The US House of Representatives voted on 19 June to block a US Air Force proposal to retire the Fairchild Republic A-10 attack fighter next year.
By approving the A-10 amendment filed by Representative Candice Miller by a 300-114 vote, the full membership of the House also thwarted a previous vote by the defence appropriations committee to retire the close air support specialist.
Miller added the amendment to the House version of a $491 billion Fiscal 2015 defence appropriations bill, which members approved on 20 June by a 340-73 vote.
Miller, who represents a district that includes an A-10 base, defended the A-10 as ideally suited to the close air support mission.
“The air force wants to save money, but they don’t have an adequate follow-on at this time, and, with what’s happening in Iraq and the Middle East, eliminating the A-10 is the absolute wrong move,” Miller said as she introduced the amendment.
It was not clear if the House added funds to cover the roughly $900 million cost of operating the A-10 fleet each year. The overall House bill adds only $200 million to the funding level requested by the Obama Administration, which had omitted funding for the A-10.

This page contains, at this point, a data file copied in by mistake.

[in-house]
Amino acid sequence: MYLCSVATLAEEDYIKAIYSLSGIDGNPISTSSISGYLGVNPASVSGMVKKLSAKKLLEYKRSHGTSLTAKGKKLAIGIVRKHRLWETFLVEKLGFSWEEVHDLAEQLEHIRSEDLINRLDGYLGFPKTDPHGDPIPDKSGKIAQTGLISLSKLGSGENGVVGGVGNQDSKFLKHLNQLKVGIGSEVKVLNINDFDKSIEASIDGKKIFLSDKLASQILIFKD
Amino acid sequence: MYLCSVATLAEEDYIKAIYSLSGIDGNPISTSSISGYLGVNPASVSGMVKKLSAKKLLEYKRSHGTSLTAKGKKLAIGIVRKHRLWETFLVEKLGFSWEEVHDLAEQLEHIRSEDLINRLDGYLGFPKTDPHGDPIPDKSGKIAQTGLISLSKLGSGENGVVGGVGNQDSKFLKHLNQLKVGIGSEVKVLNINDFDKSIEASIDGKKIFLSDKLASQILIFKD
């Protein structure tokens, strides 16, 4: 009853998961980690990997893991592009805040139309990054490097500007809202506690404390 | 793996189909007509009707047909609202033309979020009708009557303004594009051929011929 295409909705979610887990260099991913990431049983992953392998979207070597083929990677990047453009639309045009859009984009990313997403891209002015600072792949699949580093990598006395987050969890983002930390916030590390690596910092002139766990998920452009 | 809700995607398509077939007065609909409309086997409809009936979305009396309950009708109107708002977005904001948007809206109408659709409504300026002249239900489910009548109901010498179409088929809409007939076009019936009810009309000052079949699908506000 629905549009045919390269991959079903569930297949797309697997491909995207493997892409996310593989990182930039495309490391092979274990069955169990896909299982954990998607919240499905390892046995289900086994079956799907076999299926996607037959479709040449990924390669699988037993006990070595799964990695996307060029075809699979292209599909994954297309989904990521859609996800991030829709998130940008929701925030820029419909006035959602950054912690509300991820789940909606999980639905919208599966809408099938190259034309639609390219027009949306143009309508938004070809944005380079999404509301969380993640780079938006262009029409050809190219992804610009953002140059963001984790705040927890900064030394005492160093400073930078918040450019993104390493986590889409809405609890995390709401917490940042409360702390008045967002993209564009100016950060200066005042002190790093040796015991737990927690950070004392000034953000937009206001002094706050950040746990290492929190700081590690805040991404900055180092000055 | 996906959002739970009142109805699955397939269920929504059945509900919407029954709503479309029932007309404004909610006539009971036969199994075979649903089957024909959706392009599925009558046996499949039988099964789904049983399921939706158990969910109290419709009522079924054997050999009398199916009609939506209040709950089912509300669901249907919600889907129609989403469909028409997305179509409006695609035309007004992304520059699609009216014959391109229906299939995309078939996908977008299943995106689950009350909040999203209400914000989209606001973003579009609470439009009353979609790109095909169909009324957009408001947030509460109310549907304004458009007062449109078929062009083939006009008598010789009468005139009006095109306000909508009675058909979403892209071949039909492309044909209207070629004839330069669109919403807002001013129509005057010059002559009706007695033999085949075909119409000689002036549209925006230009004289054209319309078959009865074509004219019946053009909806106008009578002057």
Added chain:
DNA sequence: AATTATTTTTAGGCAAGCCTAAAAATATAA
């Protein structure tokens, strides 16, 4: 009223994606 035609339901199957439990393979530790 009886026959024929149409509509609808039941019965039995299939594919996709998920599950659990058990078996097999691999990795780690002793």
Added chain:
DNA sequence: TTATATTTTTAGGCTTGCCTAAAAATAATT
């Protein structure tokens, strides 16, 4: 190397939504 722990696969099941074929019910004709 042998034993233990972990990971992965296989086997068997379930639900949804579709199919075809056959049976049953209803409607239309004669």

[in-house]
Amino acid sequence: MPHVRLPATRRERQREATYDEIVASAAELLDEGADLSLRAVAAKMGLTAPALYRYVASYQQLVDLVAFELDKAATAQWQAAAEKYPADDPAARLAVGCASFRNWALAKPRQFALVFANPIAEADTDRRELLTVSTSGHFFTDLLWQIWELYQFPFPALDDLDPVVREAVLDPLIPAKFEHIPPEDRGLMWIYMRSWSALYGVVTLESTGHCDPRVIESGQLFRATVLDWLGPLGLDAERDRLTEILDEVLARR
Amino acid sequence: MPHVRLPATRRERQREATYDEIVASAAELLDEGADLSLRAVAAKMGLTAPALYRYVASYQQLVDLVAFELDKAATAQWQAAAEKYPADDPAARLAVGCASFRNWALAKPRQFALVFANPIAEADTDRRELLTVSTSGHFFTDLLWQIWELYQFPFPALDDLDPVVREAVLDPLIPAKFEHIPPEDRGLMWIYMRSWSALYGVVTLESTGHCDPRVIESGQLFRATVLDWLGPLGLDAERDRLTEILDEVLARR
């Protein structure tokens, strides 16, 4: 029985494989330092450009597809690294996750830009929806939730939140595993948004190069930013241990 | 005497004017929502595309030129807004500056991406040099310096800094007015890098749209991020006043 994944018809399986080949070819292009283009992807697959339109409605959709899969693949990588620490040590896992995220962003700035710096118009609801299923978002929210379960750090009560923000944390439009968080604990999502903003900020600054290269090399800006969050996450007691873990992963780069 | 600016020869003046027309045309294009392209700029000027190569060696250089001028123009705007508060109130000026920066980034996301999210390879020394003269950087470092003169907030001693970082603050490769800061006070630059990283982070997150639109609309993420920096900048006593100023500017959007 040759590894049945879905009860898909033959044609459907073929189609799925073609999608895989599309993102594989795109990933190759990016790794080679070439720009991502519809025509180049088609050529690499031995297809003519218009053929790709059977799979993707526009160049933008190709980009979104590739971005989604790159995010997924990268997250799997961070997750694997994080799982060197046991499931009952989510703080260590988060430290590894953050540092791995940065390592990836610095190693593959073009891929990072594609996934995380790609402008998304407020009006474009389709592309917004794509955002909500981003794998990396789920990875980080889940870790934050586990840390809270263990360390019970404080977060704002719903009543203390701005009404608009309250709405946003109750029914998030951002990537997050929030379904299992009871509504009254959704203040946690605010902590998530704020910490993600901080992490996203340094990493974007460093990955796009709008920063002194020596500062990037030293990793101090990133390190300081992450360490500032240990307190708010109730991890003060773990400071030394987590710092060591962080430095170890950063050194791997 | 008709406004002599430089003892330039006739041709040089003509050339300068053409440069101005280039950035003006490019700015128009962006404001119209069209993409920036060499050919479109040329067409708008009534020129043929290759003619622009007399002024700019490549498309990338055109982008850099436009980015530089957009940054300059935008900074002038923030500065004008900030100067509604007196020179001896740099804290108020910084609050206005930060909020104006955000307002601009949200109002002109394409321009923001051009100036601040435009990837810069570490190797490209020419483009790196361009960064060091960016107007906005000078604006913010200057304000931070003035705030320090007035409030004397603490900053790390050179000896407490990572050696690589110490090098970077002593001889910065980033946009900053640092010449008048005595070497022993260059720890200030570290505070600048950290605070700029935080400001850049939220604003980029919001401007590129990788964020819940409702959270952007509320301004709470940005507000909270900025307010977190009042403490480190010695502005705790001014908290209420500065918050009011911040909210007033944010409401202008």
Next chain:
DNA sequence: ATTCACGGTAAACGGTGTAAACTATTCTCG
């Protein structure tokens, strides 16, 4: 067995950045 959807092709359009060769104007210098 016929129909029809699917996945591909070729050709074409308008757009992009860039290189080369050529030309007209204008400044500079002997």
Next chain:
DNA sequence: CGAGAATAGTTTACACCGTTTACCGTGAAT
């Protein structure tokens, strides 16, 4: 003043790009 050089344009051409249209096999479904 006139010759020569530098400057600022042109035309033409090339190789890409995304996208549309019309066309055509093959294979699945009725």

The House also passed an amendment that blocks the air force from retiring the Boeing KC-10 tanker fleet in Fiscal 2015.
As the debate over defence appropriations heads to the Senate, the House version of the bill shows that strong support remains for new acquisition of military aircraft despite an trend of overall declining spending.
In February, the Obama Administration submitted a budget proposing to retire the A-10, the Bell Helicopter OH-58D and the Lockheed Martin U-2 fleets. The House version of the bill would rescue the A-10 and U-2 fleets from the boneyard next year, but allow the army’s armed scout helicopter to retire.
The Obama Administration also proposed trimming next year’s lot of F-35s from 42 aircraft to 34, but the House version of the bill would split the difference and buy 38 aircraft.
The House version also would buy 12 Boeing EA-18Gs next year, overturning the Pentagon’s decision to mothball the production line.
Manned and unmanned surveillance aircraft fleets also won support in the House version. The bill would double the number of General Atomics Aeronautical Systems MQ-9 unmanned air vehicles to 24 and raise the number of acquired Northrop Grumman E-2Ds by one to five.